Broad Street Run Training: You’re About to Begin the Most Important Week of Training
One of my favorite running quotes is “The race is just a victory lap.” How you perform on race day is mostly a result of weeks and months of training. If you prepare properly, your finishing time is your reward for the months of sweat, exhaustion and hard work.
Running is not like studying for a test. There is no last minute cramming; no last minute workouts; no last-minute secrets that will suddenly help you gain fitness and drop minutes. Understanding this important fact will help you avoid making mistakes as you enter what could be the most important week of your Broad Street training. This week starts Sunday.
Now that you understand cramming in last minute miles won’t help, you’ll need to realistically evaluate your fitness level today. To do this, look back over the last few months of training (This is where that running log comes handy). Have you been able to stick to your training plan? Were you able to get in all the long runs?
Next week is all about not making mistakes. Stick with what’s worked and don’t experiment with anything new. Do all the right things so that on race day you’ve put yourself in a position to fully utilize your months of hard work and reward yourself with a good time.
Here are four things you’ll need to nail next week in order to be ready on race day.
1. Your goal
This is the most important consideration. What’s your goal for May 7th? Run for time? Run for fun? Finish your first 10-miler? No matter which goal you’re shooting for, you’ll need to reflect on how the past two months of training have been going. Trust me, being unrealistic here will result in disappointment and pain.
Racing for time and running for fun are very different. Let your past four weeks of training help determine which is best for you. If you’ve been consistently getting in four days each week and hitting your long runs every week, odds are you can be on the aggressive side. If you’ve been getting in less then four days a week, have skipped multiple days or haven’t done multiple runs over six miles, it’s best to be on the conservative side and run this one for fun.
Ah, the taper: perhaps the most confusing week of training. The idea behind the taper is that by reducing your overall running volume just before Broad Street, your body will be well rested for race day.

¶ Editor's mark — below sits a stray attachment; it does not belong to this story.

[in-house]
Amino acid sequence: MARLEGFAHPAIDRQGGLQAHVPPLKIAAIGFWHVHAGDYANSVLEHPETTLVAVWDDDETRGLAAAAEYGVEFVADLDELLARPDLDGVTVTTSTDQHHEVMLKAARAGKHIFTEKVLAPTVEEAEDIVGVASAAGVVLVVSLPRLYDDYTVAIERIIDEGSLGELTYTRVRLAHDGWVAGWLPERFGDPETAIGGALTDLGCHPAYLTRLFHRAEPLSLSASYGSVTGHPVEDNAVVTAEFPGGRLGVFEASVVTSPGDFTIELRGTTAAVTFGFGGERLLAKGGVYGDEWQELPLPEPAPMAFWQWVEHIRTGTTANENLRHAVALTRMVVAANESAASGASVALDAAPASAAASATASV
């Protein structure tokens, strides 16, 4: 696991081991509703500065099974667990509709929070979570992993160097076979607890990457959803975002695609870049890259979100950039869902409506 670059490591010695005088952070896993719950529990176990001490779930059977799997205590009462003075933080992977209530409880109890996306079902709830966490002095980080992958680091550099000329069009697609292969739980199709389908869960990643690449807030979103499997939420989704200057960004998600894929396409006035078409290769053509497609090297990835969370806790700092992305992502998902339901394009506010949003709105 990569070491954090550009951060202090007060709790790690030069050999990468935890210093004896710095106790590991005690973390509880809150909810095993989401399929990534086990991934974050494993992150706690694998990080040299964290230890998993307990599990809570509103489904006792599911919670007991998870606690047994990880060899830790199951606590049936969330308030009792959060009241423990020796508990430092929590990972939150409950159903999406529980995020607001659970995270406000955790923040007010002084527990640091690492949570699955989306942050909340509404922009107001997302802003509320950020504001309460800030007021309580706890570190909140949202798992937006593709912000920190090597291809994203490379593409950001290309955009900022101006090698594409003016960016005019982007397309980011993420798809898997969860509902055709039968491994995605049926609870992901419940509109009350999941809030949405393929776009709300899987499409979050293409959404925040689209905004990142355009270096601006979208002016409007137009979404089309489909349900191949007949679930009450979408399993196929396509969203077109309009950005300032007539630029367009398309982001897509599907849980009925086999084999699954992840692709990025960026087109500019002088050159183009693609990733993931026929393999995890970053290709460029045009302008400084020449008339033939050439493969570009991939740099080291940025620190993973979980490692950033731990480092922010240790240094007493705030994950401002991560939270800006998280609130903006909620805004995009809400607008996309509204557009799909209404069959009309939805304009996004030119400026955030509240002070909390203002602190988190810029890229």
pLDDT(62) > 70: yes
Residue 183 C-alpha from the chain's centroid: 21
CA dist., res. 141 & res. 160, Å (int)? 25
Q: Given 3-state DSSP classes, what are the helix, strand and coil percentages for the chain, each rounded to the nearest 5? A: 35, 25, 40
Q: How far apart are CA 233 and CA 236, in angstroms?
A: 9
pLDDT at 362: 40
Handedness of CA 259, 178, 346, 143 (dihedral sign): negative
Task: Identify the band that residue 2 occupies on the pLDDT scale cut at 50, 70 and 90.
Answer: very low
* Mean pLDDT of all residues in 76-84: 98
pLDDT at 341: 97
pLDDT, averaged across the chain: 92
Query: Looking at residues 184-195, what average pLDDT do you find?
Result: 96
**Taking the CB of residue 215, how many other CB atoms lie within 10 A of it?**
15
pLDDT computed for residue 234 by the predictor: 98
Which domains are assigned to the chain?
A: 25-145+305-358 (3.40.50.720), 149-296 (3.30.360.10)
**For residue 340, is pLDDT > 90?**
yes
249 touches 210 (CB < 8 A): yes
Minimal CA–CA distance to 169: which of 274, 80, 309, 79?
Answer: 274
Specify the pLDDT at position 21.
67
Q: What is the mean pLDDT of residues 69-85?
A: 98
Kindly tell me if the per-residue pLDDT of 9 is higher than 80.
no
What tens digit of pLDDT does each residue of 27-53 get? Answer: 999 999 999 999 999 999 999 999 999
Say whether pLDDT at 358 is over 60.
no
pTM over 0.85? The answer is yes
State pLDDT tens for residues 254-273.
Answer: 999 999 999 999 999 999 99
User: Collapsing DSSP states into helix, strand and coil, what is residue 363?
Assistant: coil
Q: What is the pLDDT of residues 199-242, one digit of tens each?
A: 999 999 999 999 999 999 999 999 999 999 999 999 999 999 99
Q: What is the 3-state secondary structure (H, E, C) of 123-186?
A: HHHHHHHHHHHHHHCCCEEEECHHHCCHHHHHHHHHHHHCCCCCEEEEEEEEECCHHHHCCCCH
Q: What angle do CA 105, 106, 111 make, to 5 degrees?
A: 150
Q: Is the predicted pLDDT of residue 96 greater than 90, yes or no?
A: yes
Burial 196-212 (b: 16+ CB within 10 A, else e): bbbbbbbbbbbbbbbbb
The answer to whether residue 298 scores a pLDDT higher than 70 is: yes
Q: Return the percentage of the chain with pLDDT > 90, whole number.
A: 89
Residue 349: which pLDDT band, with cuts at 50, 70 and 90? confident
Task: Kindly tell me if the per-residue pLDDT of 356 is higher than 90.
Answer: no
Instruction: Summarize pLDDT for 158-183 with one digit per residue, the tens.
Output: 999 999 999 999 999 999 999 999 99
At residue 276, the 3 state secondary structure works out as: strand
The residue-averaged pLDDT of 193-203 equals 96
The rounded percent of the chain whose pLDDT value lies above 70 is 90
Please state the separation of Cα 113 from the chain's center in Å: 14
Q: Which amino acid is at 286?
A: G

If you’ve been following a training plan, stick with it. Odds are, the taper is in there. Feel free to slightly alter the taper, if needed. Your goal is to feel as fresh as possible on the day before race day. Don’t cut out too much though. You’ll want at least three low-mile days of easy running before the race.
Feel free to include days off completely from running. I typically recommend taking off the Friday before Broad Street and running one to three very easy miles the day before. For those runners gunning for a specific pace, include some light pace work early in the week, like on Tuesday. To do this, run one to three miles at goal race pace.
Get good sleep next week, not just the night before the race. In fact, it’s the three nights prior to the race that are considered the most important when it comes to sleep. It’s vital to establish a sleeping routine for the entire week, and aim to get at least eight hours of sleep each night, falling asleep and waking up at the same time each day.
Eat well the entire week, not just the day before. Remember: Food is your running fuel. Avoid processed foods, fast foods and limit alcohol. Look to include a mix of both complex carbohydrates and protein.
Being fit and ready to perform at your best is the result of months of work. There are no shortcuts in running. While you won’t gain fitness during next week, you can definitely put your months of hard work in jeopardy. And I know you don’t want to do that!
Cory Smith, a Philadelphia based running coach, shares his expert advice as an American Cancer Society DetermiNation running coach; founder of Run Your Personal Best, a private running-coaching business; and head cross country coach at Penn State Brandywine. He is a USA Track and Field-certified coach and a 4:03 miler. As a student athlete at Villanova, Cory was an NCAA Division One Regional and National Championship qualifier. Contact Cory at email@example.com. Read all of Cory’s posts for Be Well Philly here.
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